Column on Scientists & Morality

Scientists and Morality

Tibor R. Machan

Natural scientists are pretty much committed to understanding the world
without reference to morality since if what happens does so because of
impersonal forces of nature, there would seem to be no room for
consideration of right versus wrong, good versus bad, at least not so far
as human beings could do anything about it. So, for example, human
misbehavior or misconduct doesn’t depend on people but is due to
ineluctable natural determinants. Even the misconduct of scientists, the
few who fake evidence or plagiarize, simply happens the way a disease or
earthquake does. All one can do is lament it, the way one laments a
tsunami or tornado. No one is to blame. Nor, of course, are achievements
anything but welcome but impersonal events. No one is to be praised for
them, no one gains credit.

Yet, while many scientists are committed to expunging morality or ethics
from human life—at most they admit that there are undesirable and
desirable features of it—they also act as if morality or ethics did
matter. As when some of them, say ecologists or climatologists, blame
people for anthropogenic global warming or anything else that many believe
is due to irresponsible human behavior. They chide millions for imprudent
conduct; they denounce people who drive SUVs, fail to recycle, or ignore
the scientists’ warnings about what is or isn’t environmentally proper.
And, of course, medical scientists routinely blame patients for failing to
heed warnings about overeating or smoking or lack of exercise. There is,
also, the ubiquitous internal quarreling among some scientists about who
is right or wrong about various predictions and projections.

In short, even though many scientists are committed to viewing human
conduct as no different from the behavior of the weather or the change of
seasons—these just happen, never mind choice or decision—they also
frequently engage in moral chiding, blaming which assumes we can make
choices, for better or for worse. They talk of what would have happened
had people only done this or not done that, just as if they believed that
it is quite in people’s power to act differently from how they do actually
act, or to have done so in the past.

Yet, this internal inconsistency among many scientists who are also quite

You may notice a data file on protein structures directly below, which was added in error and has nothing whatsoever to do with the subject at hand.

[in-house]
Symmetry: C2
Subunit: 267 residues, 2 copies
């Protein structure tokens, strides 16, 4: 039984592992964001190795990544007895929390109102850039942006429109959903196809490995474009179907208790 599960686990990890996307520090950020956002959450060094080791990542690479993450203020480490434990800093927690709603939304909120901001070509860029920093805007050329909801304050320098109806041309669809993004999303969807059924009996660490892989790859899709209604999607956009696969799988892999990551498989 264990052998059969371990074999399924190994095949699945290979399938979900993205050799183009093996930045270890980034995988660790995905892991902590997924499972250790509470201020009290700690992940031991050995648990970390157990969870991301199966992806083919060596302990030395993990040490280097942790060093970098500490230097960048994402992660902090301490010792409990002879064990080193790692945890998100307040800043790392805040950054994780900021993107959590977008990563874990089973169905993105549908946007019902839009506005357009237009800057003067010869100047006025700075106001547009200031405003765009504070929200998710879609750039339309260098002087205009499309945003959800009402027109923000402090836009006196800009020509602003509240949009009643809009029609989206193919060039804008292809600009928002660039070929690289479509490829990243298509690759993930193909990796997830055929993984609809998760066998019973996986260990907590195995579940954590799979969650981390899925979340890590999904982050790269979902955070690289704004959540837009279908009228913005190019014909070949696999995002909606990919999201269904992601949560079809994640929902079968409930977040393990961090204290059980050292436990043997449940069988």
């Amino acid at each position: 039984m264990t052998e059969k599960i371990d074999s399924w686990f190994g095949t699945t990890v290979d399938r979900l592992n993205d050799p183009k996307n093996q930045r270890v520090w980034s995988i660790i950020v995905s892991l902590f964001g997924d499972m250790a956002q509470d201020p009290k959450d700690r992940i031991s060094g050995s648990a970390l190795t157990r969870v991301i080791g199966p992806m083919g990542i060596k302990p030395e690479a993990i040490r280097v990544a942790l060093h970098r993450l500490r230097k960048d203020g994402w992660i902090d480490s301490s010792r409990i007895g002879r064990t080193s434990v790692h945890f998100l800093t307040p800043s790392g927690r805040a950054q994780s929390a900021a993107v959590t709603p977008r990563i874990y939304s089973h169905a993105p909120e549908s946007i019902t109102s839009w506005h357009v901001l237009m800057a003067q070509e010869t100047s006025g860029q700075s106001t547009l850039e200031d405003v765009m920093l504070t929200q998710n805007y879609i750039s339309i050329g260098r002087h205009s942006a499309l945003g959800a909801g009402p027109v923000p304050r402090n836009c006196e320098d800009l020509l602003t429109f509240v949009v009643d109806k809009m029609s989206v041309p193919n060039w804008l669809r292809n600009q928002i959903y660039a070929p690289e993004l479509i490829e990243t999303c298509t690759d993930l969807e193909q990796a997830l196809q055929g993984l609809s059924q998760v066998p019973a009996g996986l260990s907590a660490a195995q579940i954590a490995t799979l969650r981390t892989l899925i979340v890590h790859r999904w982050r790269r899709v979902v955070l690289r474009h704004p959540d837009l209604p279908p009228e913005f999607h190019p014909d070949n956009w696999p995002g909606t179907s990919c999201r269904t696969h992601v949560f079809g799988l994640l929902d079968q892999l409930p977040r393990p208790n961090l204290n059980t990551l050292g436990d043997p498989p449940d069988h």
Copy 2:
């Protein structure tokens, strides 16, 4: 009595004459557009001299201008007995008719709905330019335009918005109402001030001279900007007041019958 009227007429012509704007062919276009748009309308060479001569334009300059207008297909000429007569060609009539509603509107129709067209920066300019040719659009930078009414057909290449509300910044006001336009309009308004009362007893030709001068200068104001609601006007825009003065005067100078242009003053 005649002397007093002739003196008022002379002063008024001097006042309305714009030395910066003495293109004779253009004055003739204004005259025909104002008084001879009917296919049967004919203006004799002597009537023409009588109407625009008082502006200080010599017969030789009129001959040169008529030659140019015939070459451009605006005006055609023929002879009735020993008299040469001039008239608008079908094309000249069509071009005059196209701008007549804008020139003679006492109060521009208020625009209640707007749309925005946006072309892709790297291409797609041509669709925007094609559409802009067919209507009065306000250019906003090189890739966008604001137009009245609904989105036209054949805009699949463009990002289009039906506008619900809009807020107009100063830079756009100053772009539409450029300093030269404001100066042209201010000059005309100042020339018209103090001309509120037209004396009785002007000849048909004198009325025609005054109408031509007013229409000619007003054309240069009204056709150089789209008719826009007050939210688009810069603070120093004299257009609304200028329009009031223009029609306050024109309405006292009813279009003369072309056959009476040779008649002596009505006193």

moralistic about human behavior is not at all widely scrutinized. There
is almost a kind of polite silence about it all. When scientists complain
about how little attention people pay to their own warnings about one
thing and another, few if any ever raise the issue of whether people had
any choice about this—maybe they had to pay the little or no attention
they did, maybe that is all a matter of the unfolding of impersonal
evolutionary forces.

When a great many scientists, writing, say, for publications such as
Science or Science News, chide government for not supporting science with
enough funds—something that many of them do routinely vis-à-vis the
administration of George W. Bush and in anticipation of a new
administration—they forget all about their assumption of que sera, sera,
“what will be will be” and no choice exists about these matters, free will
being a pre-scientific illusions according to them—few take up this
paradox in their own stance. If, indeed, there is no choice about any of
this, then does it make any sense to complain that certain politicians
aren’t choosing to do enough about global warming and other environmental
issues? After all, they are powerless to do anything other than what they
do, are they not? But if so, what’s all the fuss about, why complain, why

It seems to be intellectually confused, if not outright dishonest, for
thousands of scientists to avoid this issue. They maintain that they are
the most reliable source of information about how we ought to be going
about many of our concerns in life, yet they are also committed to the
notion that whatever we do must happen and nothing can be altered as a
matter of our decision, our choice.

Perhaps the answer is that scientists, contrary to the conceit of many of
them, are not the only ones who can have something useful to contribute to
the understanding of human affairs. Perhaps they need to consider that
some of what is true about people isn’t informed only by their
relentlessly deterministic outlook. After all, they themselves aren’t able
to explain what they do from that perspective alone.

They should perhaps heed the words of one of their colleagues, the British
psychologist Bannister, who pointed out that a theorist “cannot present a
picture of man which patently contradicts his behavior in presenting that
picture.” (Borger & Cioffi/Bannister, eds., Explanation in the
Behavioural Sciences [Cambridge UP, 1970], p. 417.)

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